The long and short of it

You know, I’m 61 and I’ve never been an avowed member of any party. I’ve never been a ‘joiner’ and have never latched on to any social structure or been tempted by invitation.

I’ve always been the ‘sovereign individual’. I’ve never voted.

I’ve always loved my country but have never participated in activities not directly related to my business. Unless, of course, it was for pure fun. I’ve joined clubs for fun, a few of them.

Bikes. Kayaks. Boats. And to those clubs I’ve contributed in a serious way. I’ve single handedly cleared 75 acres of rough country so a pack of my comrades could ride dirt bikes fast. I’ve gone to war on issues affecting various memberships and have made a difference. But I was slow getting involved to begin with.

I’m an observer, a voyeur, a thinker. I’m a waste in terms of this country. Yes, I’ve paid, my companies have paid, my backers have paid, a great deal in taxes. Millions. But that’s nothing. In context of the opportunity, it’s nothing.

Most of the people who run this country, and most of the important people who support them, pay very little tax. And most of them are too stupid to know how important tax is.

The Roman Empire was all about taxation. The redistribution of wealth. The Roman Empire lasted a long time, far longer than (I hate to say it) we will last as a significant influence. Rome was a state of mind.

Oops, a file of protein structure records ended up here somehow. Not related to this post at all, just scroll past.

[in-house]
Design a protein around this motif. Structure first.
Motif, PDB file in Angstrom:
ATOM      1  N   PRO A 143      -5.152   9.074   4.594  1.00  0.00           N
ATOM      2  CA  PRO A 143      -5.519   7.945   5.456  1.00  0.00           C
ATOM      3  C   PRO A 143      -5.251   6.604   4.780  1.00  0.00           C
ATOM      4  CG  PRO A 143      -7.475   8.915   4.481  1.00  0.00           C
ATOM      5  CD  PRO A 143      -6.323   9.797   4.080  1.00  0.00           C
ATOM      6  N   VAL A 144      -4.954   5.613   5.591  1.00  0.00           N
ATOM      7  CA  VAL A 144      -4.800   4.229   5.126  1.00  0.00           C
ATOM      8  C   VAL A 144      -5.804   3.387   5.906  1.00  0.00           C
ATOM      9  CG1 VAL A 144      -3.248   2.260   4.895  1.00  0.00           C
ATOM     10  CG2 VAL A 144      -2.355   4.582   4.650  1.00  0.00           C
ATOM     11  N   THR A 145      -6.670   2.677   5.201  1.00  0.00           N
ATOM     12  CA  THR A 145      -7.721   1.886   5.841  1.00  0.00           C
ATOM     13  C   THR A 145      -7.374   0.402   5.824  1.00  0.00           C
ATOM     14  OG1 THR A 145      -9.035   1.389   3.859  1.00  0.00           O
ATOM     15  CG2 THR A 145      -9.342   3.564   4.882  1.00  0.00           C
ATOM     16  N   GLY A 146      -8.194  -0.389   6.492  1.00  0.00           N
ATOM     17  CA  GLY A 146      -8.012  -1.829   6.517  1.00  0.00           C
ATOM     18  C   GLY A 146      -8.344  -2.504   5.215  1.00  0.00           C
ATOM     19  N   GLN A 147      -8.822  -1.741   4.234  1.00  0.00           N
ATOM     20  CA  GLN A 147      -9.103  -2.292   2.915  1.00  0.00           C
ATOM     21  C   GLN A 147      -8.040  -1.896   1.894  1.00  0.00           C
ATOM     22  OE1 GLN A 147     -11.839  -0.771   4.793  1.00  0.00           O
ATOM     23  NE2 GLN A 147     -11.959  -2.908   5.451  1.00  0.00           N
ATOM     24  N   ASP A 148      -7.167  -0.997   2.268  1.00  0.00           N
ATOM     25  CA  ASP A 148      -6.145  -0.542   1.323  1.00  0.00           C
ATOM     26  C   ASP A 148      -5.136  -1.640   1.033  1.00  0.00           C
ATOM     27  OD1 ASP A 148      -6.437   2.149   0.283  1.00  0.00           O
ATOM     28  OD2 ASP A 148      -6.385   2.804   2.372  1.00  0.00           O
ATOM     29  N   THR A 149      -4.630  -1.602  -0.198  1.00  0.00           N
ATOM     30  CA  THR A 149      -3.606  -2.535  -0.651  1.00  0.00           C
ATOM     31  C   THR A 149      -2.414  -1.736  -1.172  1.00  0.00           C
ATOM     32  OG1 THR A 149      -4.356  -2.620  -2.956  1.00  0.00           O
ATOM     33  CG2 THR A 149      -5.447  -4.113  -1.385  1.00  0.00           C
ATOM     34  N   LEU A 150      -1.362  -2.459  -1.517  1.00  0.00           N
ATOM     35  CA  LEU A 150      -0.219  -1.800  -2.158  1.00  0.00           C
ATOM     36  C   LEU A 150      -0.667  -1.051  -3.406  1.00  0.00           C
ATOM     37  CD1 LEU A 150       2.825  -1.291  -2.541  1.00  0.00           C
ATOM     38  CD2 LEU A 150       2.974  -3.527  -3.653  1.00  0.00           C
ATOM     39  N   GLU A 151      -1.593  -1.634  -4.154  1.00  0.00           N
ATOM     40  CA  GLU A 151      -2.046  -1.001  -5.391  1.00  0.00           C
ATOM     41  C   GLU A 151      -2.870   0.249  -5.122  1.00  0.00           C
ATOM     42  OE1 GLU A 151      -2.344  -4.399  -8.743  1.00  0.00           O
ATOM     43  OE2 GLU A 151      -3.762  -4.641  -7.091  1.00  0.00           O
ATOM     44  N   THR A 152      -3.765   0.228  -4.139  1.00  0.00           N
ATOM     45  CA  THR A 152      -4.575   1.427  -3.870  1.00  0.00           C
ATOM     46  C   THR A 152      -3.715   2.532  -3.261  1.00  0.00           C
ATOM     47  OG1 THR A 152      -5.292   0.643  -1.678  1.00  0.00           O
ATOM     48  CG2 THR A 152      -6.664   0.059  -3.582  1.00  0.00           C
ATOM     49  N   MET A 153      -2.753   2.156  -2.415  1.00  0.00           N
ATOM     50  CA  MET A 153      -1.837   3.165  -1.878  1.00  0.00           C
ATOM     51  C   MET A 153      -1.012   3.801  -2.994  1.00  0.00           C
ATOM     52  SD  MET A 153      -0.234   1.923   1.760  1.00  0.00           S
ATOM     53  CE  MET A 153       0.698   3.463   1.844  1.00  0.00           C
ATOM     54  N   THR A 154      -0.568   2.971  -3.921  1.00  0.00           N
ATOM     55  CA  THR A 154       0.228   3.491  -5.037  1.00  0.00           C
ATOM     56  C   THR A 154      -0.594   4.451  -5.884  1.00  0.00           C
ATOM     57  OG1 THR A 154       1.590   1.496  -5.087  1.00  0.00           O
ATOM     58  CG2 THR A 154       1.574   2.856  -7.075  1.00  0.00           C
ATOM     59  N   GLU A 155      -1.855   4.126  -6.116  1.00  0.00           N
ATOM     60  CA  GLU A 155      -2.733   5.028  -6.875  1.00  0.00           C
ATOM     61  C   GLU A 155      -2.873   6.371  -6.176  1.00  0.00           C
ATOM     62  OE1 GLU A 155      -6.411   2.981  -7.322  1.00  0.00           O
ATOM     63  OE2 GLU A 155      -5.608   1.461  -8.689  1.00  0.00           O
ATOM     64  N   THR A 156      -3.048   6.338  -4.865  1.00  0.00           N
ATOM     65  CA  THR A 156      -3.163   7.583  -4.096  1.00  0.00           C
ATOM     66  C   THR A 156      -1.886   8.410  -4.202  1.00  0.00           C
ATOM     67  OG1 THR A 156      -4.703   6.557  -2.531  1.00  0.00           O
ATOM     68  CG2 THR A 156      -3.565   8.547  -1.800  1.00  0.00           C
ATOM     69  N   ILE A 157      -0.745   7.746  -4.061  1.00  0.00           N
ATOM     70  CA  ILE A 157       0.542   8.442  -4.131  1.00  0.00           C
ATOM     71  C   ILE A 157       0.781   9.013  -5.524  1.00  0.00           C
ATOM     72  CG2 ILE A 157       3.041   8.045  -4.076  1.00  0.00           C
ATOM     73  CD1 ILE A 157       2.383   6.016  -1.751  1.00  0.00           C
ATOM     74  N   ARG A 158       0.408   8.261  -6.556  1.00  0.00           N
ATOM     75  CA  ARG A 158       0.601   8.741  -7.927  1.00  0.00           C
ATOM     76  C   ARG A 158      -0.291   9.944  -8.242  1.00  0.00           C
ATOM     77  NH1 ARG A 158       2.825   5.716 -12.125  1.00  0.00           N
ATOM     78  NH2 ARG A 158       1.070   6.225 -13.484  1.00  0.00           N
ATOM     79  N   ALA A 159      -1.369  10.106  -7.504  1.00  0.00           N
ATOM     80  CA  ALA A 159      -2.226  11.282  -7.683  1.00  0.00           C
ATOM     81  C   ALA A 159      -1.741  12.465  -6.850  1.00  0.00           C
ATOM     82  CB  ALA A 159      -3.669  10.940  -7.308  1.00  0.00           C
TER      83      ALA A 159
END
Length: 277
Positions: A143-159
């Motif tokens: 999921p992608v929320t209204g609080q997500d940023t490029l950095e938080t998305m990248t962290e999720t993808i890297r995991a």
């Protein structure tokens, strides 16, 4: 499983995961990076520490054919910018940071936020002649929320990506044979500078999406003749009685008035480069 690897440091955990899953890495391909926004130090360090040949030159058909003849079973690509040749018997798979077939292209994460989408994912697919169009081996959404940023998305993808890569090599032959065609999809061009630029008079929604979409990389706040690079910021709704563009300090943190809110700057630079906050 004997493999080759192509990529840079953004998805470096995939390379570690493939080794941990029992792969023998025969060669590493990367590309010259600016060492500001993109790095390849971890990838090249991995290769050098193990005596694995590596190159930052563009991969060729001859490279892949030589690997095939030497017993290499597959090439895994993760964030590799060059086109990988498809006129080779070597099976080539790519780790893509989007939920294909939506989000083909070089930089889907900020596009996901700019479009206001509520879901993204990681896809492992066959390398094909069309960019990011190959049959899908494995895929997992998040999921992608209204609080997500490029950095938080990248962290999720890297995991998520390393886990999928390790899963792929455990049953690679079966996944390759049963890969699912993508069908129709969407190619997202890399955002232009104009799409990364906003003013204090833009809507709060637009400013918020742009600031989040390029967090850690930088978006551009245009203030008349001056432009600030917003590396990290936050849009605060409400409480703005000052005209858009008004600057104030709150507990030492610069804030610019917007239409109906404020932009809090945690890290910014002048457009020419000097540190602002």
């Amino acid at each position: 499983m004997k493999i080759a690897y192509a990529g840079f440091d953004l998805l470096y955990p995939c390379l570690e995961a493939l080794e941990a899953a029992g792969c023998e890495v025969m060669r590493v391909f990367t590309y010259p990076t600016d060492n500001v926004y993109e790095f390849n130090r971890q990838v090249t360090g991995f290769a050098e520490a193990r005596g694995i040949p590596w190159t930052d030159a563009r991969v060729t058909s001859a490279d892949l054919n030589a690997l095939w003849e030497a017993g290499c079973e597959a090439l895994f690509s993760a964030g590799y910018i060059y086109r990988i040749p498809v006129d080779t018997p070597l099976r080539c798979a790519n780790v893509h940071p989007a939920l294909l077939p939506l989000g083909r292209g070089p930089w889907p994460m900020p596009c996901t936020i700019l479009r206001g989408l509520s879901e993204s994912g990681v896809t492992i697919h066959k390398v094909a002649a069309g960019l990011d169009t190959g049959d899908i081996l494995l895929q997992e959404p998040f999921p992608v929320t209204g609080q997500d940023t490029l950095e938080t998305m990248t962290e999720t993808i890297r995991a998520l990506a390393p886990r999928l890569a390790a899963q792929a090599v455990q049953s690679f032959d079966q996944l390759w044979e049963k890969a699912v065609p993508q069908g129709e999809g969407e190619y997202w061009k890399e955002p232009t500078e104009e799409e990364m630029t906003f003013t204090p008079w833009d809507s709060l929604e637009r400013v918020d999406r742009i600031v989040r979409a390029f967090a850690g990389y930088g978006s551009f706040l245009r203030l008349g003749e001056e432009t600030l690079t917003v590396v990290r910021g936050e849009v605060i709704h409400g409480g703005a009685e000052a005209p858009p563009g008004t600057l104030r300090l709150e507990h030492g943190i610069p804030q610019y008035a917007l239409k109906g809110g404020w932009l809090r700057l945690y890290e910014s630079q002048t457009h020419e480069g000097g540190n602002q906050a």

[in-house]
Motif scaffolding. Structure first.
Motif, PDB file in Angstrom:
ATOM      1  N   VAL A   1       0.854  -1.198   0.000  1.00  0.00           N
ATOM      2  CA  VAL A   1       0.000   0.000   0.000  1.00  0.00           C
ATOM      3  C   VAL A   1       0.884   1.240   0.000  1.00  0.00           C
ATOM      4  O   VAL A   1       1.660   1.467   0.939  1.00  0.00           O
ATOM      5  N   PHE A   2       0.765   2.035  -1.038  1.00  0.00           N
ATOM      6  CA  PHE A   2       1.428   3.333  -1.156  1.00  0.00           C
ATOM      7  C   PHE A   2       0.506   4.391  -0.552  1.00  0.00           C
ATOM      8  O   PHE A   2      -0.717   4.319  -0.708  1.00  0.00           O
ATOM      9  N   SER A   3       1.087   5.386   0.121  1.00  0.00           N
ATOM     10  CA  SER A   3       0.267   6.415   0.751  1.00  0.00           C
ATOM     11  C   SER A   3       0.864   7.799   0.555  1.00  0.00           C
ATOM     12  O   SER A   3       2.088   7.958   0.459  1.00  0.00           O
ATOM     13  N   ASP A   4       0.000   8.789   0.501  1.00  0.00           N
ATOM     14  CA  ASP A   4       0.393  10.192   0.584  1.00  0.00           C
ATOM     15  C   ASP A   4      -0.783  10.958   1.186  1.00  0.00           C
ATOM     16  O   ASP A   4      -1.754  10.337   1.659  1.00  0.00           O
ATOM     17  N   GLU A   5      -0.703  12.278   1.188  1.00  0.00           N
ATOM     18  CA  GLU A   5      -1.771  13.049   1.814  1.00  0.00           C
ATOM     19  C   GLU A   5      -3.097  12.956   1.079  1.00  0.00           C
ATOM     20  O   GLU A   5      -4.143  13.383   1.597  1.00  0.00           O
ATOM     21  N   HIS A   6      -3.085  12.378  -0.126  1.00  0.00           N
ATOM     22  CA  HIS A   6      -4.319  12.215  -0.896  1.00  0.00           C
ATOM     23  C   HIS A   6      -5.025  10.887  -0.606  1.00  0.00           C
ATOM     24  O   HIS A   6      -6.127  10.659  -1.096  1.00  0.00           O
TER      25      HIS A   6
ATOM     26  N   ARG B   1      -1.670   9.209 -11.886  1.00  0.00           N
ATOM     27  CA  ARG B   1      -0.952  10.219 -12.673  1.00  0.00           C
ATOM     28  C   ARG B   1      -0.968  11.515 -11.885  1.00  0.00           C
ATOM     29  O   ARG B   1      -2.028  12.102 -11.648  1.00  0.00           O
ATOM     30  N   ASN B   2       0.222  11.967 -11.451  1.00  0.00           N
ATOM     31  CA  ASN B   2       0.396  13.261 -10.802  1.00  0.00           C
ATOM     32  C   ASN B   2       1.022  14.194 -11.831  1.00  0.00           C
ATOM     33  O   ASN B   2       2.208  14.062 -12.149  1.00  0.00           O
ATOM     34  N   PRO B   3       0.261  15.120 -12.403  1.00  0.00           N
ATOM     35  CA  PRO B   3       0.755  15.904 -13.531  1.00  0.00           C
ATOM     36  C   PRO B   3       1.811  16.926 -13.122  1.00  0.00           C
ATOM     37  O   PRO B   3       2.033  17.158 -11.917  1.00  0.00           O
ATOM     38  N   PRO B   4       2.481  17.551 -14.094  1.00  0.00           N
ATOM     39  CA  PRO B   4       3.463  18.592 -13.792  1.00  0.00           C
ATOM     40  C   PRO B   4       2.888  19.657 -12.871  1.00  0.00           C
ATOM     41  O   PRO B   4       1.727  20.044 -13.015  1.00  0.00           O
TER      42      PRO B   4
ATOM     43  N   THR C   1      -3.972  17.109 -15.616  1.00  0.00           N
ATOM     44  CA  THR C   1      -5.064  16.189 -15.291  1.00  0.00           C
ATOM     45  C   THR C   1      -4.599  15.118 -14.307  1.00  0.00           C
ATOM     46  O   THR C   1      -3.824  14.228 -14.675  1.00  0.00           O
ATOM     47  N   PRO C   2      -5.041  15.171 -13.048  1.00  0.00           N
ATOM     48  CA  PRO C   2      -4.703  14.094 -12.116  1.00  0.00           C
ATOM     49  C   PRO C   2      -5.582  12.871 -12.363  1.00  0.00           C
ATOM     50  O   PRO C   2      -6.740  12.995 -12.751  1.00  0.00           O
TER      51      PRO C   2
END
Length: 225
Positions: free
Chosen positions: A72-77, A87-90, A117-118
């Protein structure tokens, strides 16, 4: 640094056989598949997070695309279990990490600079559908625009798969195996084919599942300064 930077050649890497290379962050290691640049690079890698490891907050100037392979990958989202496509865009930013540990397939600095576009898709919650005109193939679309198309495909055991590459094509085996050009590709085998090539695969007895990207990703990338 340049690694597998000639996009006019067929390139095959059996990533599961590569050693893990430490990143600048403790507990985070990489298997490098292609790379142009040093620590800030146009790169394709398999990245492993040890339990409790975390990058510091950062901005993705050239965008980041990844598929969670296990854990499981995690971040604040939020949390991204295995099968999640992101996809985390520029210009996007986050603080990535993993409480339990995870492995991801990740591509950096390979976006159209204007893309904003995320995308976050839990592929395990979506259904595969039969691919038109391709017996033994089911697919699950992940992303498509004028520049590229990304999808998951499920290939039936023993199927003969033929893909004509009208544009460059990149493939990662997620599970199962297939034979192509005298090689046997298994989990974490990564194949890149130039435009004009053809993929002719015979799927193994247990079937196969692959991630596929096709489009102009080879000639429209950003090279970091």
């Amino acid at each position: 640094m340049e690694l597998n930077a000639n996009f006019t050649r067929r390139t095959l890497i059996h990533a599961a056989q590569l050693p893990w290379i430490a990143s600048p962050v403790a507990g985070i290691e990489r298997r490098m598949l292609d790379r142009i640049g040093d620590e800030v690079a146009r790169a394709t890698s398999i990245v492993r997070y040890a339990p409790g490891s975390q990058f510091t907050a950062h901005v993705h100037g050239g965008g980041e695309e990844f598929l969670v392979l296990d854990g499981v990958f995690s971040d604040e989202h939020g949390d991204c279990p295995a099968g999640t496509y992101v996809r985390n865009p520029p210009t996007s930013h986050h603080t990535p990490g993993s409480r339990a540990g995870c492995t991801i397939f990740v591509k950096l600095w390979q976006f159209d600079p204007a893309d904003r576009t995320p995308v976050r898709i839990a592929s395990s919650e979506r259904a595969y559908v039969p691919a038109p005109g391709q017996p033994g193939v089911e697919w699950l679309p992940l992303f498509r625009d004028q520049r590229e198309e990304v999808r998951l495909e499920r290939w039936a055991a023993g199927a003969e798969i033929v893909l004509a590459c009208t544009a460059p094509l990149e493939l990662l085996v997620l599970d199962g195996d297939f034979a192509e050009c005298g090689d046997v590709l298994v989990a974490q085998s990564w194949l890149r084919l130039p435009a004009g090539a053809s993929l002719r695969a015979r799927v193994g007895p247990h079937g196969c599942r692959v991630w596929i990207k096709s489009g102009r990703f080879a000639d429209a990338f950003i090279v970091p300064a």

I’ve wanted to vote. Something came up each time. Weather, a committment, a date. Nothing important. I’ve screwed the only true license I’ve ever possessed. But I don’t stop seeing. I don’t stop observing. And I don’t miss much.

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One Response to The long and short of it

  1. Kent says:

    Don’t be hard on yourself. Companies probably shouldn’t pay tax. Innovators probably shouldn’t pay tax. Consumers should pay taxes. They consume more than their share of government services. Companies and innovators provide jobs and increase productivity while consuming little in government services.Enlightened state and national governments like Ireland give tax holidays to innovators and new businesses.

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